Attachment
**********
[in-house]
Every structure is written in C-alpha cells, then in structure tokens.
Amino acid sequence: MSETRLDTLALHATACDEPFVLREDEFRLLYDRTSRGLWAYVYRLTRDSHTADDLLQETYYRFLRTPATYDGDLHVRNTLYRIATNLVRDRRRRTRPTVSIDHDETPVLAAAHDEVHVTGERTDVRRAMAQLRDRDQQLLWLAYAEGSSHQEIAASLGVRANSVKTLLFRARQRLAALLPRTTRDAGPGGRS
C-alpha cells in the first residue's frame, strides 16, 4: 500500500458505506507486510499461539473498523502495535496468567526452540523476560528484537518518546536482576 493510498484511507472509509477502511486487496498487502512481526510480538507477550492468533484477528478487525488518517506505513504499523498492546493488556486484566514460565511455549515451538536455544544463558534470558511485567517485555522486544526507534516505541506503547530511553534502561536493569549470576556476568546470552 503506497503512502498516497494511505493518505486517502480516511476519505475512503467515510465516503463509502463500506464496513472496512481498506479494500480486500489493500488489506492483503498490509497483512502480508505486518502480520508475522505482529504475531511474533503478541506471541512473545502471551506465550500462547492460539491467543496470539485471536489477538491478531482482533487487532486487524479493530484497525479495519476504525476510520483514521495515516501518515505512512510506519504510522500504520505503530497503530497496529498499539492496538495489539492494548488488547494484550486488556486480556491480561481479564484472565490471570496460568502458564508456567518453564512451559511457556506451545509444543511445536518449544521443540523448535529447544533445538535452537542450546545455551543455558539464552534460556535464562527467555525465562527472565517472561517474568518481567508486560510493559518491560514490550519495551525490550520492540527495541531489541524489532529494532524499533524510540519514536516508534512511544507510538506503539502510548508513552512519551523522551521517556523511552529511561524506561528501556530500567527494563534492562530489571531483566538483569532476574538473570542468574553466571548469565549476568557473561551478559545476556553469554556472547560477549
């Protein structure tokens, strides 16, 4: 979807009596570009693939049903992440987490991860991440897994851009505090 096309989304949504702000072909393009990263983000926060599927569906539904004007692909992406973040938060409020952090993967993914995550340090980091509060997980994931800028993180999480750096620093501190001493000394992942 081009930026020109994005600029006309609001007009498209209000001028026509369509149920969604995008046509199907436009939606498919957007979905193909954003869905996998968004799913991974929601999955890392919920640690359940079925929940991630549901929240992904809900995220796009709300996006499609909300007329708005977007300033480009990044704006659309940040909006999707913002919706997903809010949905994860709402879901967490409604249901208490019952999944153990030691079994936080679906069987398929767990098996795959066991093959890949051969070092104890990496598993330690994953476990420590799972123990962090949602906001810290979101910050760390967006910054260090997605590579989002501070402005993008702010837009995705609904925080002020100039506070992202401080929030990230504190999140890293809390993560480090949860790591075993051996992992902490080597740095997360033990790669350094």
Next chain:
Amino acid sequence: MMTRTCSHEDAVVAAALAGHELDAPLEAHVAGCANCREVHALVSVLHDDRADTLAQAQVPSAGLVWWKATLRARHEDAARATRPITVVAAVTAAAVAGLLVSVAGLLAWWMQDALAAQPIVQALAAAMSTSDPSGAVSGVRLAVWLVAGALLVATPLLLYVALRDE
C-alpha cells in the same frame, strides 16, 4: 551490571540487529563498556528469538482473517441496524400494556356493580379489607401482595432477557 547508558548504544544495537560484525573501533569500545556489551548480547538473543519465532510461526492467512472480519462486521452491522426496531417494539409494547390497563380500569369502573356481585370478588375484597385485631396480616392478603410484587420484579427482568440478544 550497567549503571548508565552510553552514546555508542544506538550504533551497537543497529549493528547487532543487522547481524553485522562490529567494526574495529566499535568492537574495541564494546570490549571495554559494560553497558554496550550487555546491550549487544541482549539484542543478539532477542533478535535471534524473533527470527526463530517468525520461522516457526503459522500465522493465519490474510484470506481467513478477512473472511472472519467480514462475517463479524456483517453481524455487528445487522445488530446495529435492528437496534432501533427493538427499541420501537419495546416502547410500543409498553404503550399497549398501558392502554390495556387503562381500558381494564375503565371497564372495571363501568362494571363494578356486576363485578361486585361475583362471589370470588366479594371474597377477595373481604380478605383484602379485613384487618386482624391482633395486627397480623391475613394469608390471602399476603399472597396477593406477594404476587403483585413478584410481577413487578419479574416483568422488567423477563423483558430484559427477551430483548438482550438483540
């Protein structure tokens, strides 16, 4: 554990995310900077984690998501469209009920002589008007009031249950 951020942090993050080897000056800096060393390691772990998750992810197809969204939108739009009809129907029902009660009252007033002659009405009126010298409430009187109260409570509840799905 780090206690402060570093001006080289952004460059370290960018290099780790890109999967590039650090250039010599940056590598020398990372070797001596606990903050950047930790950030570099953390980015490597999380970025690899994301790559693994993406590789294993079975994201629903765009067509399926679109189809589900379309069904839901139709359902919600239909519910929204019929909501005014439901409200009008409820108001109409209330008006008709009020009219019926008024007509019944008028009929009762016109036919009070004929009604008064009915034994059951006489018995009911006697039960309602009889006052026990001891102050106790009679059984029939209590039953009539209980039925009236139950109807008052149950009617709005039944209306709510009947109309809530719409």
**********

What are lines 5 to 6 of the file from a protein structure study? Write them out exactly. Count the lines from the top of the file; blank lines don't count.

């Protein structure tokens, strides 16, 4: 979807009596570009693939049903992440987490991860991440897994851009505090 096309989304949504702000072909393009990263983000926060599927569906539904004007692909992406973040938060409020952090993967993914995550340090980091509060997980994931800028993180999480750096620093501190001493000394992942 081009930026020109994005600029006309609001007009498209209000001028026509369509149920969604995008046509199907436009939606498919957007979905193909954003869905996998968004799913991974929601999955890392919920640690359940079925929940991630549901929240992904809900995220796009709300996006499609909300007329708005977007300033480009990044704006659309940040909006999707913002919706997903809010949905994860709402879901967490409604249901208490019952999944153990030691079994936080679906069987398929767990098996795959066991093959890949051969070092104890990496598993330690994953476990420590799972123990962090949602906001810290979101910050760390967006910054260090997605590579989002501070402005993008702010837009995705609904925080002020100039506070992202401080929030990230504190999140890293809390993560480090949860790591075993051996992992902490080597740095997360033990790669350094």
Next chain: